New Analysis: 59% of Road Stimulus Went to Repair, 33% to New Capacity

Shovel_ready.jpg(Photo: DMI Blog)

In the first year of the Obama administration’s economic stimulus law, 59 percent of its $27 billion in transportation formula funds went to projects that preserve existing roads, while 33 percent was used to build new pavement, according to an analysis by the advocacy group Smart Growth America (SGA).

The new data, unveiled today by SGA state policy director Will Schroeer at a green jobs conference in Washington, brings a measure of good news to clean transport advocates who had viewed the stimulus as somewhat of a disappointment for its failure to fund roads and transit on a more equal footing.

The SGA analysis does not include the law’s $8.4 billion in transit aid, looking solely at the formula funding that is often depicted as dedicated to highways and bridges.

In fact, states were allowed to redirect some of that larger pot to transit, though not all took advantage of that flexibility. "Some states were really, I have to say, dishonest with the public about what the money could be spent on," Schroeer said today.

Here’s how SGA’s one-year analysis of the $27 billion in stimulus money shook out:

59% spent on road system repair/preservation
33% spent on new road capacity
3.9% spent on non-motorized transport (e.g. bike-ped)
1.7% spent on transit and related projects
2% spent on other uses

Several other speakers at the green jobs conference emphasized rules that allowed only 10 percent of federal transit stimulus aid to go towards operating budgets that ensure trains and buses can keep running. The lion’s share of the transit spending went to capital projects, such as extending rail lines or purchasing new equipment.

Brian Turner, director of the Transportation Learning Center, a transit-training group, lamented that federal spending is weighted towards "physical capital … Any economist who went to class knows that there is another class [of investment] that’s equally important: That’s human capital."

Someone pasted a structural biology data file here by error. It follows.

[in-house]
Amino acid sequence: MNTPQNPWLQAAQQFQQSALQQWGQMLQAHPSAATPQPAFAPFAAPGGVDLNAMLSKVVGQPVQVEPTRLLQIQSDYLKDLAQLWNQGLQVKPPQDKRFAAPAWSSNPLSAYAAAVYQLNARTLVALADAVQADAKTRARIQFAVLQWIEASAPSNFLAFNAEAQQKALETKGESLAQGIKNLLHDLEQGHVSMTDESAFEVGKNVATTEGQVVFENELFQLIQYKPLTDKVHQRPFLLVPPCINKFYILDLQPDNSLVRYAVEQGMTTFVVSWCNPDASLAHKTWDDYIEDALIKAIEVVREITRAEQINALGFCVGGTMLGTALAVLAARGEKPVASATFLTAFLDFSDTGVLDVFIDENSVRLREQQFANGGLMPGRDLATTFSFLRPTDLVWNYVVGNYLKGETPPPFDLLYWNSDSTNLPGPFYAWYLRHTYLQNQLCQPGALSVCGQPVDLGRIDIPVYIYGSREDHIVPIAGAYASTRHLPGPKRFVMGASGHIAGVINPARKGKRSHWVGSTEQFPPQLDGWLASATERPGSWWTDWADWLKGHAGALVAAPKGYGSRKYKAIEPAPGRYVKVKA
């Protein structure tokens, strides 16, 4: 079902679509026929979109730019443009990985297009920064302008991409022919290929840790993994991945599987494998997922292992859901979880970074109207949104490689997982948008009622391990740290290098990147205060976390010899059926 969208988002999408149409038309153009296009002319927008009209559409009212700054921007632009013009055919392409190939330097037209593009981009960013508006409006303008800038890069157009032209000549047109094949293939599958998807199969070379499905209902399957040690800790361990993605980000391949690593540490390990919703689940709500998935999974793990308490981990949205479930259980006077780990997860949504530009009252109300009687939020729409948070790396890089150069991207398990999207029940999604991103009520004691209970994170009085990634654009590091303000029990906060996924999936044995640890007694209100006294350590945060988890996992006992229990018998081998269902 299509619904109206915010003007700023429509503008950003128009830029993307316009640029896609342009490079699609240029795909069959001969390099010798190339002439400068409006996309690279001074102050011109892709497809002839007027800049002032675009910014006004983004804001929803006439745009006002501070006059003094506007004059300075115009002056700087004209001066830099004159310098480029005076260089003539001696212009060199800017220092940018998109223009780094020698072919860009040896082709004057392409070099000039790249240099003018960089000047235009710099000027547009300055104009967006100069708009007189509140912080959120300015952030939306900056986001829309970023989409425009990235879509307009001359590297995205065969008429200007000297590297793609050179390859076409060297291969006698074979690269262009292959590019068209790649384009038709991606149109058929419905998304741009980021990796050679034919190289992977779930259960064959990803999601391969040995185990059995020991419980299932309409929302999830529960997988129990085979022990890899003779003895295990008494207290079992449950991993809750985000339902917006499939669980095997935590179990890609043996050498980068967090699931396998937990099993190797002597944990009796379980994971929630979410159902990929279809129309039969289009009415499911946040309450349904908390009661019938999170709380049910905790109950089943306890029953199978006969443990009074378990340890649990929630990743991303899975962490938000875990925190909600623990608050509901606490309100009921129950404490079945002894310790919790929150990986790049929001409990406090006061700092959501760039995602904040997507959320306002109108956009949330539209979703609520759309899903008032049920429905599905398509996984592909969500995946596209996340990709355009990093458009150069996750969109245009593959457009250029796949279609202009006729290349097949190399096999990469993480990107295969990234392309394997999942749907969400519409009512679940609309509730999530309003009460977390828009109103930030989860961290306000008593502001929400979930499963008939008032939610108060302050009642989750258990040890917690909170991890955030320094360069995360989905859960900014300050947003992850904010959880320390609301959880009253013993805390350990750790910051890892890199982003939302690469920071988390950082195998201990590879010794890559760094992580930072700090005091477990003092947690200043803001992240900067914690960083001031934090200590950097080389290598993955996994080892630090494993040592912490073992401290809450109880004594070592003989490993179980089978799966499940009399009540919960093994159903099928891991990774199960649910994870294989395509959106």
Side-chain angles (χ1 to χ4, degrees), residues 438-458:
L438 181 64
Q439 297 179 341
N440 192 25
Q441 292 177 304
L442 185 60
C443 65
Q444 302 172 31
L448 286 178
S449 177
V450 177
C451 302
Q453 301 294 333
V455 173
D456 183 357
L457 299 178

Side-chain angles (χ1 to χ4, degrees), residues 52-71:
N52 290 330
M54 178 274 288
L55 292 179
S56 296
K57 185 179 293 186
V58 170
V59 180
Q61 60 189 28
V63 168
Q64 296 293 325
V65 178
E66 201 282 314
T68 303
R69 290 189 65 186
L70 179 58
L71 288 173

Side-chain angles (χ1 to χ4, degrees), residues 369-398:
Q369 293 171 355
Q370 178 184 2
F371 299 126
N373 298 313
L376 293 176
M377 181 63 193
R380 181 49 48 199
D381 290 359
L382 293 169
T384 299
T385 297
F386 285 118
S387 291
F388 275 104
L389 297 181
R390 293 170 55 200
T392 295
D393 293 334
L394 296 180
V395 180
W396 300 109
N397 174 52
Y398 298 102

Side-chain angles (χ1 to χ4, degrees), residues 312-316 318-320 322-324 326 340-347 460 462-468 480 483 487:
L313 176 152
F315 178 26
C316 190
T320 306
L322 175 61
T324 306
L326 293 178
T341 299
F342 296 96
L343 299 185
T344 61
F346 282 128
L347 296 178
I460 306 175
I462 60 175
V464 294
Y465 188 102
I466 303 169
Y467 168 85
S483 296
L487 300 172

The debate over how to free up more federal transit funds for operating has split the transit industry, with its biggest lobbying force viewing the change as a short-term response to the recession while unions and other transit agencies push for a permanent shift.

Nonetheless, SGA’s past work on the job-creation performance of transit relative to roads has appeared to make some headway with Democratic lawmakers. House Speaker Nancy Pelosi (D-CA) told conference attendees today that her colleagues “have stood strong in the drive for good, green jobs. … We’ve said all along that clean energy is about four things:
jobs, jobs, jobs, jobs."

  • Nick

    I don’t believe they spent $1.05 Billion dollars on bike and pedestrian improvements. Where exactly did that money go?

    To put it in perspective, you could build out SF’s $14 million dollar Bike Network 75 times.

  • JohnB

    Nick

    Do you mean the 3.9% that went to non-motorized transport?

    Much of that might have gone on paths for walkers and hikers, maybe even bridleways for horse riders.

  • Sean T Hedgpeth

    Yay, the ARRA funds go to new pavement! How innovative! In Switzerland, I saw them tear up ‘old’ pavement that didnt even turn gray yet.

    Here is my recommended shares:

    59% Transit Operations
    33% Bike/Ped
    3.9% Existing Roads
    1.7% Transit capital
    2% spent on other uses

    That would create/retain some jobs. I think the non-motorized money went to parking lots for when the car’s engines were off, thats non-motorized right?

  • William Schroeer

    Nick asks a good question. I gave these figures at the conference because I wanted to give attendees recent data, but I did so before we had a report ready to go with the data, and this is a caution against doing so.

    In our ARRA analysis, projects categorized as Non-Motorized Transportation include four types of projects:
    · Bicycle Projects
    · Pedestrian Projects
    · Trails
    · Streetscapes
    Many of the smaller projects are sidewalks and ADA improvements; large ticket items are most often multi-use trails or grouped ADA projects within a large jurisdiction.

    It is also important to note the overlap between the Preservation and Non-Motorized classifications, and that the funding totals do not and cannot reflect incidental bike/ped improvements that are being undertaken as part of larger projects. Many large, expensive projects included bike lanes, sidewalks, ADA accommodations, and/or streetscaping along with pavement rehab, restriping, and drainage work. The analysis categorized such projects overall as Preservation, even though non-motorized components were included.

    An important lesson we draw from our analysis of stimulus spending is the need for better data on the kinds of projects funded, whether with stimulus or regular funds. In other words, better transparency. For more on that need, see SGA’s report on 120 days of stimulus spending: http://www.smartgrowthamerica.org/stimulus.html

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